Risley Jazz Band Performed 2nd Annual Jazz Festival

The Risley Jazz Band under the direction of MR. Matt Kouba performed at the 2nd Annual Jazz Festival at East High School on Monday, January 13th.  It was a fundraiser for the Pueblo Arts Alliance and was a resounding success.  Mrs. Macaluso attended and said, "...The Risley Jazz Band ROCKED the house!!! Congratulations to the Jazz Band, they represented our school and community well with their steallar performance."

Music Students from East High School Bring Holiday Cheer to Risley

On Friday, December 20th it was bitterly cold outside but all of the Risley students had a warm and cheerful holiday greeting as they entered the front doors of our school.  The East High School Caroling Winds Band, directed by Mr. Dan Wiley came and performed a variety of festive holiday tunes and Christmas Carols.   Members of our staff made their way to the lobby and joined in as the students gathered around and listened to the talented East High musicians.  Mr. Kouba was very happy to see so many of his former Risley students. It was a beautiful performance and got our day off to a great start!!  Our halls were filled with wonderful music and we hope they come back again in the near future.

Featured Teachers

Mrs. Dianne Vigil

I was born at Parkview Hospital on August 29 in Pueblo, Colorado.  I moved away from Pueblo for amny years then returned to be near my 86 year old parents. I went to Parkview Elementary, Risley Junior High, and I graduated from East High School.  I graduated from the University of Texas at San Antonio with a Bachelor of Arts in English.  My minor included classes in Mexican American Studies and Literature.

Why do I teach?  I would say I have a passion for learning.  Every opportunity to learn, whether it is graduate courses, professional development, or simply sitting in the classroom of one of my peers, inspires an challenges me to become a better educator.  Therefor, I teach.  I teach because I believe that education is the most priceless gift we can offer to another human being.  I teach because I want to inspire, motivate and challenge others to learn.  I have been teaching for twenty eight years.  I taught in a private institution of higher learning (collage age) for seventeen years.  I have taught for eleven years in public schools. I taught elementary bilingual education for two years and middle school for nine years.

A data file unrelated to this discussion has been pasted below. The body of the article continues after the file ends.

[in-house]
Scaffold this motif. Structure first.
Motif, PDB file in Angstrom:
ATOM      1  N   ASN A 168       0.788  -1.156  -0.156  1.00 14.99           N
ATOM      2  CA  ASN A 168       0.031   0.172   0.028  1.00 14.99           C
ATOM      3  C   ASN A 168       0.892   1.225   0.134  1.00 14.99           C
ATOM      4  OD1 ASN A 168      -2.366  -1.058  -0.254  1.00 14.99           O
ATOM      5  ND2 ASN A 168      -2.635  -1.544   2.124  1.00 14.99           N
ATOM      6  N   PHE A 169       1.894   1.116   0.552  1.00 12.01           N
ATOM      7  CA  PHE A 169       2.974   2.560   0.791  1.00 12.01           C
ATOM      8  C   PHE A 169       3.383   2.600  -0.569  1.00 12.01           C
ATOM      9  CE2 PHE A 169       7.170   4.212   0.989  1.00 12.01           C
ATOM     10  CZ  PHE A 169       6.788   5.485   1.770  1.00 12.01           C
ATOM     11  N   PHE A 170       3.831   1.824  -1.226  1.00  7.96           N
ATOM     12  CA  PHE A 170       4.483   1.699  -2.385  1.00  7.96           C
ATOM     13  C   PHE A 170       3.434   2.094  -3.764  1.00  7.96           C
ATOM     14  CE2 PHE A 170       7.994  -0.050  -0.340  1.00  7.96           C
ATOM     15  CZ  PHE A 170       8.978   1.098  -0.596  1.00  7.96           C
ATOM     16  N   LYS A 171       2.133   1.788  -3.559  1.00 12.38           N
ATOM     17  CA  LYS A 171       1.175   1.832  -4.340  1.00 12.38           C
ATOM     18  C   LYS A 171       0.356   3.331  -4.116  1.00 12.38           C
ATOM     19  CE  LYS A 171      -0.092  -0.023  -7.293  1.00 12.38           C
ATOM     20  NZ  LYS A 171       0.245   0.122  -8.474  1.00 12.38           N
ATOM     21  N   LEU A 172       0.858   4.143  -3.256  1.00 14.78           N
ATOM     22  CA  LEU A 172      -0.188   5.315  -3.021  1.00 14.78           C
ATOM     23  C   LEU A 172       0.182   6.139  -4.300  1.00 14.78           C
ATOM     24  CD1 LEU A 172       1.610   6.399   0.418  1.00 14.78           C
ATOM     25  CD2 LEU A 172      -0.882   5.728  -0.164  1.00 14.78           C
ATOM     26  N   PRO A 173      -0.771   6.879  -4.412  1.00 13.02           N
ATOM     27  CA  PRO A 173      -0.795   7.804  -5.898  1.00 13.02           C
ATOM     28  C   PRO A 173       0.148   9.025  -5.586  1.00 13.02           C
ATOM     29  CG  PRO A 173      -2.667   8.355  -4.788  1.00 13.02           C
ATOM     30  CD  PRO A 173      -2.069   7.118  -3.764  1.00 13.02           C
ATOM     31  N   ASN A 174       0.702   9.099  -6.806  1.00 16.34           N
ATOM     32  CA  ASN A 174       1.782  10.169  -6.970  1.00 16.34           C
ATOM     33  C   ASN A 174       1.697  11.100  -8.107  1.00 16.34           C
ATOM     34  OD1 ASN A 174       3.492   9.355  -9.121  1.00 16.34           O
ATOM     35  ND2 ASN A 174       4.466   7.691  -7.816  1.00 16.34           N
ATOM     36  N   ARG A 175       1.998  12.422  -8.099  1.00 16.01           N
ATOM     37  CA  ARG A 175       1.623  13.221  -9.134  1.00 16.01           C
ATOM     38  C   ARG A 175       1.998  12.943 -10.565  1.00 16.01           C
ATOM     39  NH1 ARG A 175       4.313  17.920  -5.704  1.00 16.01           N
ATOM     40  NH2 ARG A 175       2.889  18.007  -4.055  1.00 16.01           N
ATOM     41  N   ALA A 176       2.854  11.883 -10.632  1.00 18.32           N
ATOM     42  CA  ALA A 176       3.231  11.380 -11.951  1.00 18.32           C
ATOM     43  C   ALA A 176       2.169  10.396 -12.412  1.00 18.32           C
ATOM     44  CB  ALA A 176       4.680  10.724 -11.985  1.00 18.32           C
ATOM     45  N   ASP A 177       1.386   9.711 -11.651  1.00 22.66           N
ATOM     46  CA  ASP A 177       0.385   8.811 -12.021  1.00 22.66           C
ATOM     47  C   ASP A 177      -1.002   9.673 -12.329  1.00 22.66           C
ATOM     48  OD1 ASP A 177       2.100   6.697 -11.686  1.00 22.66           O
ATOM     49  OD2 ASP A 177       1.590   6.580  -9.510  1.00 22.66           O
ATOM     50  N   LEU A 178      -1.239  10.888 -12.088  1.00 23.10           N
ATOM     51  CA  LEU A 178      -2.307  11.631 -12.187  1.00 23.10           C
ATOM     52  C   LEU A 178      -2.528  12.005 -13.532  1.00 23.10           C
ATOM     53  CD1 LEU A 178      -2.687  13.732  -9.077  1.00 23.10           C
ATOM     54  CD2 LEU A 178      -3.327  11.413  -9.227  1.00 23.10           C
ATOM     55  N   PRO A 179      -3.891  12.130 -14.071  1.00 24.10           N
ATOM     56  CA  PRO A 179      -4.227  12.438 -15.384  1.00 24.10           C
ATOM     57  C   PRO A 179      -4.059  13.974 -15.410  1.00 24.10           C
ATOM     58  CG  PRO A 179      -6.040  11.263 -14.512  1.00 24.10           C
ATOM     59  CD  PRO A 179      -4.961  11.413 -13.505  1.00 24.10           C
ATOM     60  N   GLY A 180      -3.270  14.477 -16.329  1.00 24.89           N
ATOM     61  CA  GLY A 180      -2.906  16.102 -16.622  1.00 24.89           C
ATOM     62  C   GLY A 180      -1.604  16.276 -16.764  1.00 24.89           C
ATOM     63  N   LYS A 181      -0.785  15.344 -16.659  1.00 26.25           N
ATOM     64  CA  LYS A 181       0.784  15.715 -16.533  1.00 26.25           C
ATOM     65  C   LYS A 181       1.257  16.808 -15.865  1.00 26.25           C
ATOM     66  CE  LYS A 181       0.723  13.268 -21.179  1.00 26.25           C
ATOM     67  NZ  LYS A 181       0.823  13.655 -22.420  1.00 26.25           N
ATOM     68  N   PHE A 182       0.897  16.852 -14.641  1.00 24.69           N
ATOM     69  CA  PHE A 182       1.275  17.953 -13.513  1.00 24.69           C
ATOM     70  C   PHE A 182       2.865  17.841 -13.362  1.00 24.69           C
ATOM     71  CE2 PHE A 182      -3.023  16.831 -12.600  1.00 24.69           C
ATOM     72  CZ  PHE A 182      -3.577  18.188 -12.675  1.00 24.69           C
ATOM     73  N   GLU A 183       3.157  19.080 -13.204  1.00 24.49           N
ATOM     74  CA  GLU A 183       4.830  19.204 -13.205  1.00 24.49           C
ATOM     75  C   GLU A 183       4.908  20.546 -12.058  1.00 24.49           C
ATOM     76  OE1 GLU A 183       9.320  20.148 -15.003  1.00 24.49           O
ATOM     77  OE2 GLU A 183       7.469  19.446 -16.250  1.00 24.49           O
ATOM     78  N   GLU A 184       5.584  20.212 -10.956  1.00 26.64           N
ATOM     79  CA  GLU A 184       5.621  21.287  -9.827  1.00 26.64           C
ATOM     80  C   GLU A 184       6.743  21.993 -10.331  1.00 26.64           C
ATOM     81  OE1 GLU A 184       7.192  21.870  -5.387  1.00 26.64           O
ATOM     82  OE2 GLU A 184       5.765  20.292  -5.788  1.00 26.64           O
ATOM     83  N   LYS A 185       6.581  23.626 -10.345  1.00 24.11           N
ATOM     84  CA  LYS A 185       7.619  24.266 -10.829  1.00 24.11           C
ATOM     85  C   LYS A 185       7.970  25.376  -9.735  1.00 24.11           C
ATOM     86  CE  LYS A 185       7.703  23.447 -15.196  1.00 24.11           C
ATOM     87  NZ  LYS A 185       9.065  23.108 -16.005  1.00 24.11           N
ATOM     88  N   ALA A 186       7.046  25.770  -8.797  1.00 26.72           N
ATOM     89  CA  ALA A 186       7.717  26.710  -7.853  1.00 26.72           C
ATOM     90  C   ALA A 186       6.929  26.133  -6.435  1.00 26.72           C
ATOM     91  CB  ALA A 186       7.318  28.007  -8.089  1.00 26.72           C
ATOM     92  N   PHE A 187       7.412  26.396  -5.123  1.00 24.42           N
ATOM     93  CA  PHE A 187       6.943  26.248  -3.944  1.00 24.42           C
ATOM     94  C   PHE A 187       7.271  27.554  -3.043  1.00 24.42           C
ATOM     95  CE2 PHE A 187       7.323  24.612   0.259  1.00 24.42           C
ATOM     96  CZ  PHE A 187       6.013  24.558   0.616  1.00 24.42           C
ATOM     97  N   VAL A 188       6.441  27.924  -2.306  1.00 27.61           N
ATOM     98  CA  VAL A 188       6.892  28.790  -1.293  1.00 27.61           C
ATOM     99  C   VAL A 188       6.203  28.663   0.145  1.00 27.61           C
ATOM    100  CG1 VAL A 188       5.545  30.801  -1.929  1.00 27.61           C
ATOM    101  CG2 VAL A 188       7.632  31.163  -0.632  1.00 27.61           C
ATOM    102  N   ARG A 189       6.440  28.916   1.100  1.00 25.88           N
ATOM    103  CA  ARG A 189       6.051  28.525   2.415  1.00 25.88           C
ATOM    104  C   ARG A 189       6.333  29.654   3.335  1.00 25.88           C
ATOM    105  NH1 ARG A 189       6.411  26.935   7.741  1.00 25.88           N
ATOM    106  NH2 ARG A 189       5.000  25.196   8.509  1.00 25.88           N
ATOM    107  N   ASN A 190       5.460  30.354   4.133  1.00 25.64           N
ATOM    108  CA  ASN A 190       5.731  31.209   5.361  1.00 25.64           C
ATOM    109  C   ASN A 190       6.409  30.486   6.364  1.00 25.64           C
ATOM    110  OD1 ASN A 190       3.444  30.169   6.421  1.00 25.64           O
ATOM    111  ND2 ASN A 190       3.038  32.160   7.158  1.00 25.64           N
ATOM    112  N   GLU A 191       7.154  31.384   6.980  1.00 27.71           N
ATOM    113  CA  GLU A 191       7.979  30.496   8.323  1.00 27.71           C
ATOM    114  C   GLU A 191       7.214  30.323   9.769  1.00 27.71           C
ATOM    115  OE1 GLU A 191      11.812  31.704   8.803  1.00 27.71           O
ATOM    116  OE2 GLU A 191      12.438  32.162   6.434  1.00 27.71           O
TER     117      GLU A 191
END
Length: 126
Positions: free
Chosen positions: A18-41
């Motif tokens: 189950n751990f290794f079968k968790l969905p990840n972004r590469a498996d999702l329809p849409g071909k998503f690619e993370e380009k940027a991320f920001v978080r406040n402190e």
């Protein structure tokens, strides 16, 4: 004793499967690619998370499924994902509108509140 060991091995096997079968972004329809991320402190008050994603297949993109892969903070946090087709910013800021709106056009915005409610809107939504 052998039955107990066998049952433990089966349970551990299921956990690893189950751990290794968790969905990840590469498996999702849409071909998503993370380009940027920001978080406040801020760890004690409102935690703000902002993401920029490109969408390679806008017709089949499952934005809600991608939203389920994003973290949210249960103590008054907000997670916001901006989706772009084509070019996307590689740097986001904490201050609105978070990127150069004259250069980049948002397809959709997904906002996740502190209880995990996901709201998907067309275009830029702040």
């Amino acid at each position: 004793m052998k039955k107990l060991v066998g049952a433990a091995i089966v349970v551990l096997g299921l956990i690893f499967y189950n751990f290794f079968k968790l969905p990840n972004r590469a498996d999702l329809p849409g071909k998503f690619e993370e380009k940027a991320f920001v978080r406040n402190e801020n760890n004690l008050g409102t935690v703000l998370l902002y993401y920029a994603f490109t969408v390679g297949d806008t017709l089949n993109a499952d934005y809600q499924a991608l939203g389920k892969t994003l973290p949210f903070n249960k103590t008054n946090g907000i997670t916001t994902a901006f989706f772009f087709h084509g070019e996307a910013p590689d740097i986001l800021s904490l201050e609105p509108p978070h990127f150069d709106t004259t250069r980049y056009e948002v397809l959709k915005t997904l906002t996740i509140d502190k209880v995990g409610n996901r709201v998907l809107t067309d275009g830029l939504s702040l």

My first husband, James, dies of a heart attack in 2006.  I was a widow for six years.  In 2012, I married Don Vigil, a wonderful man who has bless my life.  I am also blessed to have my parents.  They are the reason I moved back to Pueblo after living 40 years in Texas.  I have three wonderful children and three amazing and beautiful grandchildren, Yazmin, Josiah and Abbey.  My oldest son, Tim is a worship pastor in Las Cruces, NM.  He is married to Esme and the rather of my three grandchildren.  My youngest son, Jason is a high school choir teacher in Houston, TX.  My daughter, Tracy, is married to David Alfaro and is a high school counselor in San Antonio, TX.  She is currently in law school in San Diego, CA.

I love to swim, camp, an listen to all kinds of music.  I also love to watch movies and read. My favorite movies are those based on true stories and mysteries. I like to read historical fiction and biographies of famous people. I have traveled to many states in the U. S. including California, Nevada, Arizona, Uta, Wyoming, New Mexico, Kansas, Nebraska, Texas, Pennsylvania, and Florida.  My favorite places are Lake Tahoe, San Diego, Orlando, northern New Mexico and Ouray, Colorado.  My favorite things about Risley are the students and the staff.  I love the culture of our school.  I love that most of our students are form the East Side, my old neighborhood, and I love the mix of Hispanic American Culture that is so prevalent in our city.  The Pueblo slang and the Pueblo foods are things that are unique to Pueblo and our East Side community.  The environment makes it one of my most favorite places to work.